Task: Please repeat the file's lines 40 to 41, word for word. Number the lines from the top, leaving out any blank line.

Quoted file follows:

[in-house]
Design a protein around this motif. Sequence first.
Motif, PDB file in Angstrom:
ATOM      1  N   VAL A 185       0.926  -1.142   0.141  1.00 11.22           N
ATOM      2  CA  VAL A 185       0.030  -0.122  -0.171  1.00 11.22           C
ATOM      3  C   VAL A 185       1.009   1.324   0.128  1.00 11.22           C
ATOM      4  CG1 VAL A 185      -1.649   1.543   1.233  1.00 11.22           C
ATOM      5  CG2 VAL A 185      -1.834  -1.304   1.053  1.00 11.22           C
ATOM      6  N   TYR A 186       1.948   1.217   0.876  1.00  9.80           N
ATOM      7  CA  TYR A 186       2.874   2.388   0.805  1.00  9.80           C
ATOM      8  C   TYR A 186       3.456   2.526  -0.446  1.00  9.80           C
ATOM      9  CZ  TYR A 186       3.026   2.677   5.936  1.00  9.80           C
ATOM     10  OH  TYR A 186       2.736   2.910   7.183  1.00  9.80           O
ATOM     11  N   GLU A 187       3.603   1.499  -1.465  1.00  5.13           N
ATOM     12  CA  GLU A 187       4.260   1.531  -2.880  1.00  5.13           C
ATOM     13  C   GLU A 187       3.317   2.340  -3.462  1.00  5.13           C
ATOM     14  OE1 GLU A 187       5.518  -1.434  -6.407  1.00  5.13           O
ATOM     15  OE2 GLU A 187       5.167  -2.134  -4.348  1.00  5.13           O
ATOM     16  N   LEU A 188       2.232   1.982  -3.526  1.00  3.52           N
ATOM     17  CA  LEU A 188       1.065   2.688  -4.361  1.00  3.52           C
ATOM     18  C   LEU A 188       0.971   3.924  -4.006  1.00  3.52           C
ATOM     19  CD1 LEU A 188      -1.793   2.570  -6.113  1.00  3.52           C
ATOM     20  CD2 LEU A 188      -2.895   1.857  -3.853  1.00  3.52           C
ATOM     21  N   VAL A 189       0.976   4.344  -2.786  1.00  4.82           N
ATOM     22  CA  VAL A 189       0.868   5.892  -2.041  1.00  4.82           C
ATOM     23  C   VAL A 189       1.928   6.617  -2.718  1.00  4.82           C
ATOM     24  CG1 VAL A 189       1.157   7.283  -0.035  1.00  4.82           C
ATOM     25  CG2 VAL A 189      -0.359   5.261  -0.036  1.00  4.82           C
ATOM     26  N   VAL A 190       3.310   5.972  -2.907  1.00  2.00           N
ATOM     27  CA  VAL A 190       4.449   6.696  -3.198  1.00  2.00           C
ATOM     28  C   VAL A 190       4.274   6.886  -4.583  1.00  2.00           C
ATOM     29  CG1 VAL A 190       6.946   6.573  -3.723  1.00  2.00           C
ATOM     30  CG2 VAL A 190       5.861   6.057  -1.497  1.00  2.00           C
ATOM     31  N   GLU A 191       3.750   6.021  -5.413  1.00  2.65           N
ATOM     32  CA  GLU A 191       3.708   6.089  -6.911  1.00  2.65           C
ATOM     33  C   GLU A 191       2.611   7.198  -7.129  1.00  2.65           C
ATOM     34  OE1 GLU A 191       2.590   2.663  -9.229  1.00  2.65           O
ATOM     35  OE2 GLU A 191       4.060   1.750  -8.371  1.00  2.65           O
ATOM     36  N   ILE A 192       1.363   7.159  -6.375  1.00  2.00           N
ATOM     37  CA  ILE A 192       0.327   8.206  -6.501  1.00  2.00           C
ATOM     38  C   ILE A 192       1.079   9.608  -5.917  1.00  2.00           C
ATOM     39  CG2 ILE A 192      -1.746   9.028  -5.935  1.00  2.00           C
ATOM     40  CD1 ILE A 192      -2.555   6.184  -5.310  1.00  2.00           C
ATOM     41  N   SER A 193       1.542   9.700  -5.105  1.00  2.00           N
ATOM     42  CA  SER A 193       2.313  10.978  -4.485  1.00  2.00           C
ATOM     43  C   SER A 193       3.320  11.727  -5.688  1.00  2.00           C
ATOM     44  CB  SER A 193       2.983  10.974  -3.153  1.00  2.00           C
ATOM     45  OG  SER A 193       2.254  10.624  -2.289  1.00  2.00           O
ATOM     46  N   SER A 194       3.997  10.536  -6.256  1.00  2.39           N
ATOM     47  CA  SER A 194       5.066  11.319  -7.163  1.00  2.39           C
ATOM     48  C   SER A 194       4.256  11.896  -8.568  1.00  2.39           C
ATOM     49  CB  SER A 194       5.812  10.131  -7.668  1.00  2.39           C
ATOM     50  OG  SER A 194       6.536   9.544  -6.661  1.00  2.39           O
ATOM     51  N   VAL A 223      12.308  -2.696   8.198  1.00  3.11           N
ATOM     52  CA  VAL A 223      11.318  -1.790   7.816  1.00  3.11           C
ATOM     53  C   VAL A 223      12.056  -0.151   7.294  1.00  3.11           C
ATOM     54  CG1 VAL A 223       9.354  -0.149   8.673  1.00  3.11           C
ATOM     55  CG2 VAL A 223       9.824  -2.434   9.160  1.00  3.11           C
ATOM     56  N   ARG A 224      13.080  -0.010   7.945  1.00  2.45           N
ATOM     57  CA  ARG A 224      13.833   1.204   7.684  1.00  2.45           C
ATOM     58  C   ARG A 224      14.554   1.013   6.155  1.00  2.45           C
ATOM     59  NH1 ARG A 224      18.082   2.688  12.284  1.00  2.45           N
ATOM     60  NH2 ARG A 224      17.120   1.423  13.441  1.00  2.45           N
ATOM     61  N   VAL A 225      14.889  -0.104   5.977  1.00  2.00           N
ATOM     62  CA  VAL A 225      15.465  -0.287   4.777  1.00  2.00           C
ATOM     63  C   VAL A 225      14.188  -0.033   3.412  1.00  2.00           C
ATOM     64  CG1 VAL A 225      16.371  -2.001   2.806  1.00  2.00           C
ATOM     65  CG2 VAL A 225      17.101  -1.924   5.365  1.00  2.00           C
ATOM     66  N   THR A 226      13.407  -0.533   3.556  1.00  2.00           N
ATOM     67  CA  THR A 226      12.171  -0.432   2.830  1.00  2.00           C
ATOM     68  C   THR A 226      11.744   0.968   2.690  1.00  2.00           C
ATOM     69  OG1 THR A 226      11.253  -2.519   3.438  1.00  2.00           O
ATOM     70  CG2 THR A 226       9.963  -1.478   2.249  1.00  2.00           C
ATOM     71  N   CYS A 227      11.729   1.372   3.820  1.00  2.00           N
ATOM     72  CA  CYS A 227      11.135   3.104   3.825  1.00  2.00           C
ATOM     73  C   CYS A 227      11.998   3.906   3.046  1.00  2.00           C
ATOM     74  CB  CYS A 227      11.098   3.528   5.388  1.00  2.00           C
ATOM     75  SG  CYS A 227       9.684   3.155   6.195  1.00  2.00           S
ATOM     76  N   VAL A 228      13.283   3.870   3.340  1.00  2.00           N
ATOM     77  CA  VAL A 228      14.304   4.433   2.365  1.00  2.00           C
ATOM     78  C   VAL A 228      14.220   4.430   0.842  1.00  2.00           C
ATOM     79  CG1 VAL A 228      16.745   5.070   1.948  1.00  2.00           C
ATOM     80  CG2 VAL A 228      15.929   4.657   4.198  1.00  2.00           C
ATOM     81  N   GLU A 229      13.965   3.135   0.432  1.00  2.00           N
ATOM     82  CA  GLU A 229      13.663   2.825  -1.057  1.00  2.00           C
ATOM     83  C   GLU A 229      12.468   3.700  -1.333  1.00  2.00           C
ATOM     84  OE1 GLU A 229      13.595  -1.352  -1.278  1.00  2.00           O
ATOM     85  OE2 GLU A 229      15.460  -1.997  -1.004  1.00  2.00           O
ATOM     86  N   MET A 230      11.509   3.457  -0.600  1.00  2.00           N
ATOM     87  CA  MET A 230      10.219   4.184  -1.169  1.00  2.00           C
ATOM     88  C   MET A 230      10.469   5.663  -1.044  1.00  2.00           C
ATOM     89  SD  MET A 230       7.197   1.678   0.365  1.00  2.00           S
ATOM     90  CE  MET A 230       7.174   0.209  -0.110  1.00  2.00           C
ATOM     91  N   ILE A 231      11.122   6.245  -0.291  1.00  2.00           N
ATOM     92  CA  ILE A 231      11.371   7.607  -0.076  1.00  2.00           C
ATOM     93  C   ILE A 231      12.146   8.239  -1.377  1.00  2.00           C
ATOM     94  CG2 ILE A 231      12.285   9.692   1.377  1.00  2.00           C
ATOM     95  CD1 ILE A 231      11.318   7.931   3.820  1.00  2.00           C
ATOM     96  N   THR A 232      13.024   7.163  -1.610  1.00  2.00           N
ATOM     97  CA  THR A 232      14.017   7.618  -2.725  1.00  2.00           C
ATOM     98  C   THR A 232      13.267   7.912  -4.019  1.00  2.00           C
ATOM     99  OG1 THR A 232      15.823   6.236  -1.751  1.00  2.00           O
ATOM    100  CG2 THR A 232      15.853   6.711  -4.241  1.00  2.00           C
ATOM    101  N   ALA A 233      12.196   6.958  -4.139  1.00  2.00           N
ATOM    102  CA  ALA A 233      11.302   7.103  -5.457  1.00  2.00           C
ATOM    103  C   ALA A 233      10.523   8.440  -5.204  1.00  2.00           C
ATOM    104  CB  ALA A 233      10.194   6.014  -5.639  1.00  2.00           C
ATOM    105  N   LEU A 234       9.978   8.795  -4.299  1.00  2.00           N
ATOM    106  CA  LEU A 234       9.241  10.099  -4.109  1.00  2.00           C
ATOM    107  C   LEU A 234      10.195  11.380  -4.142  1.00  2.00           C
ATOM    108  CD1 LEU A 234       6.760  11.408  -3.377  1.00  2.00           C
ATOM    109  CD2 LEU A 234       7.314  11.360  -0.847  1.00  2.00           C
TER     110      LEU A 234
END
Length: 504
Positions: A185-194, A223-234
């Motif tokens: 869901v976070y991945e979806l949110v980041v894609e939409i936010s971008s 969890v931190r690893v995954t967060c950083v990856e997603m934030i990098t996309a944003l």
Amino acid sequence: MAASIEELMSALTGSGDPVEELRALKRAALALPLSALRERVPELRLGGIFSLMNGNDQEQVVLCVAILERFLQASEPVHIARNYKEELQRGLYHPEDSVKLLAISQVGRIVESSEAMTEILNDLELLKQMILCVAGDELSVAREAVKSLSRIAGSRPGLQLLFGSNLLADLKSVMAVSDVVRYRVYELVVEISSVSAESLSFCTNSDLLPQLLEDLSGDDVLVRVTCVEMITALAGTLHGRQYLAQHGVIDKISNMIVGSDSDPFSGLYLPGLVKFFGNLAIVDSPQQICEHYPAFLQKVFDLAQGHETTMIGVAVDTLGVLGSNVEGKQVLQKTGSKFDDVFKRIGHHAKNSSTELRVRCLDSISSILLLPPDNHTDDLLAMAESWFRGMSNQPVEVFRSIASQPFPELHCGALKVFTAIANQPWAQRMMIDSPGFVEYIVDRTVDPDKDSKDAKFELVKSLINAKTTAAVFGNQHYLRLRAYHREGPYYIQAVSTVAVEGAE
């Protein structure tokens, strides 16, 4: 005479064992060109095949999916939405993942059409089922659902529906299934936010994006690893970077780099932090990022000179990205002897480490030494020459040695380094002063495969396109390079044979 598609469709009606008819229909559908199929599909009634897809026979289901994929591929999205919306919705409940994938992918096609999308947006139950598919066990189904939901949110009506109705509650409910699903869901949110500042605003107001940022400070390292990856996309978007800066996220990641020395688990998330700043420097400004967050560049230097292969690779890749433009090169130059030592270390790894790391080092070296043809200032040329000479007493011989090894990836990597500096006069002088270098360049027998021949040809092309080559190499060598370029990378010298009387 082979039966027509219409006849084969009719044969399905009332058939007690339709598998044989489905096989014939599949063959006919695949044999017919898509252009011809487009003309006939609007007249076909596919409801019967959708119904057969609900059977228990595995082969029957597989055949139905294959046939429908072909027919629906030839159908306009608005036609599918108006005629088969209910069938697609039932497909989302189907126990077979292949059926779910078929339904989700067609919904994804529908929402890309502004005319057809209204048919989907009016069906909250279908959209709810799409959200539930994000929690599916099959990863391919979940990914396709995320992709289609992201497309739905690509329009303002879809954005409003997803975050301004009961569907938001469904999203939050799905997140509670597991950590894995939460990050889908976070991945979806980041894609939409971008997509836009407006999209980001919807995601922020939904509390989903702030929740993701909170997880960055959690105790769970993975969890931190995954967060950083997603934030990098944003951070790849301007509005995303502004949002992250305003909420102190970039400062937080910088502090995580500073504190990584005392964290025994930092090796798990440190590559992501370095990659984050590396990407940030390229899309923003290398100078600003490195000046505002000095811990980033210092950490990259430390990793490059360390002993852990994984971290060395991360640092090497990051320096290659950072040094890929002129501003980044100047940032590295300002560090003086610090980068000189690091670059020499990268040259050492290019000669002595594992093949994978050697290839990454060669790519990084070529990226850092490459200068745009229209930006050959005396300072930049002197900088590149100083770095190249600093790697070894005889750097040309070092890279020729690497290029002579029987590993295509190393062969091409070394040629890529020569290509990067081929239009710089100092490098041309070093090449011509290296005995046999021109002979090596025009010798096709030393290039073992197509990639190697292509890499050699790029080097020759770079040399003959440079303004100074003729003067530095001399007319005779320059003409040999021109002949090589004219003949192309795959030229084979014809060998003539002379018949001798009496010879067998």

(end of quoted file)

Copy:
ATOM     37  CA  ILE A 192       0.327   8.206  -6.501  1.00  2.00           C
ATOM     38  C   ILE A 192       1.079   9.608  -5.917  1.00  2.00           C